“Doing trades is a little bit like the L.A. house market in that you can’t buy houses that aren’t listed, and ultimately sellers will determine if they want to sell a house or not, and which buyers get them,” he said. “But the last thing you want to do in the housing market is overpay, or spend all your effort and energy trying to buy a house that someone doesn’t want to sell.”
Pelinka commented on the gifts of the other new acquisitions besides Russell. Big man Mo Bamba’s wingspan can “change the geometry of the floor,” Pelinka said, and he noted his spacing as a player who shot over 38% last season and this season on 3-pointers. He called Malik Beasley “one of the the more elite snipers in the game” with solid efficiency on high volume who can affect defenses with his gravity.
Pelinka praised Jarred Vanderbilt for his ability to guard and switch multiple positions, adding, “his effort every night, every possession, is incredibly compelling.” He called Davon Reed a “high-character” 3-and-D wing who can develop.
Perhaps tellingly, the Lakers also have the flexibility to move on from just about all of these young pieces this summer if they wish. Russell and Hachimura will be free agents; Beasley has a team option; Reed and Bamba have non-guaranteed deals next season. Vanderbilt has one more year left on his deal, but is widely considered a bargain at under $5 million next season and could be a tradeable contract.
“If you really study the contracts of these five players, we very intentionally planned these moves to provide optionality in July,” Pelinka said. “Some of these players have team options or team-controlled years on their contract, which, again, gives us the ability to see how these last 26 regular-season games and how potential postseason games go. And then we can go into this offseason with a higher collection of data points, and sort of a real-time analysis of how the pieces fit and make decisions for the future.”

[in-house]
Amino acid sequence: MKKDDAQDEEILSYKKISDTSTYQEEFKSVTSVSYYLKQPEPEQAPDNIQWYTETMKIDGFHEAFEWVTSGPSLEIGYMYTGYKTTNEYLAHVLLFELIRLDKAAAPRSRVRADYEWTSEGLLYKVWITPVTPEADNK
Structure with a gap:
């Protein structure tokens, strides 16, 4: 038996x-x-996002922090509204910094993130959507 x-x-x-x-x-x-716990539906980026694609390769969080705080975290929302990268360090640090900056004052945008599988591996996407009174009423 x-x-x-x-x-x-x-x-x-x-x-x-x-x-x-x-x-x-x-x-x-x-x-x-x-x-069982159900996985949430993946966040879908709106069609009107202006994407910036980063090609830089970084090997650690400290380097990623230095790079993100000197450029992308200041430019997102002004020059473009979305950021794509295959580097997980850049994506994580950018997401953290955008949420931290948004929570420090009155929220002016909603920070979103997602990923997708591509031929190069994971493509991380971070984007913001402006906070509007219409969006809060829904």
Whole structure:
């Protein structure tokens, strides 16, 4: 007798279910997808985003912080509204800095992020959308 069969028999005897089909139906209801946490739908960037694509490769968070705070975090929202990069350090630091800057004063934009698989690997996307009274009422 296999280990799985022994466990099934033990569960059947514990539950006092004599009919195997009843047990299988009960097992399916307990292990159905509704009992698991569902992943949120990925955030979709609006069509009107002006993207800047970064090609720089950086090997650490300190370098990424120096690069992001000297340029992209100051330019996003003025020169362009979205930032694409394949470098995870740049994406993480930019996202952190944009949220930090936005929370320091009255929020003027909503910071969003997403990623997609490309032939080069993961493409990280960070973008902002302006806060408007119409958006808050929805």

If the Lakers decide to create cap space this summer instead of move forward with their new, younger pieces, their experience with Westbrook should give them some caution to look for the right third star – if not eschew a third star altogether. While Pelinka said the franchise would look back with the players they traded away “with respect” for their tenure, there’s little denying that Westbrook’s season-and-a-half with the Lakers was a largely unhappy time: The team was just 58-79 with Westbrook on the roster.
Pelinka owned that the Lakers fell short of their championship expectations when they got Westbrook in 2021 for a number of role players and a first-round pick – a generous understatement – but also did not lay the team’s struggles at Westbrook’s feet.
“You have to then look to pivot if something is not working to correct it; I think this trade deadline, there was an opportunity there,” he said. “I think it’s really unfair to put the last year and a half, or whatever period of time that is, on one player. I think the whole roster has to come together and fit. And part of sports sometimes is if things aren’t working, you have to fix them.”
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The Lakers will learn in the coming two months if their course correction will be enough to put them in the mix this season. But this season might be mattering less and less, if Pelinka’s words are anything to go by.
Pelinka referenced a preseason promise he made to use any and all resources available to help James “get to the end” and build a frontrunner. But when asked if the Lakers are now a contending-level team, he was much more modest about where they stand.
“I think our biggest focus right now is looking at the next game and trying to come together as a group and get a win,” he said. “I think the only way you can accomplish something great is if you look at it moment to moment. And we play the Warriors tonight and I know Darvin and his staff is working really hard now and the players are working really hard now and that’s our focus is sort of one game at a time.”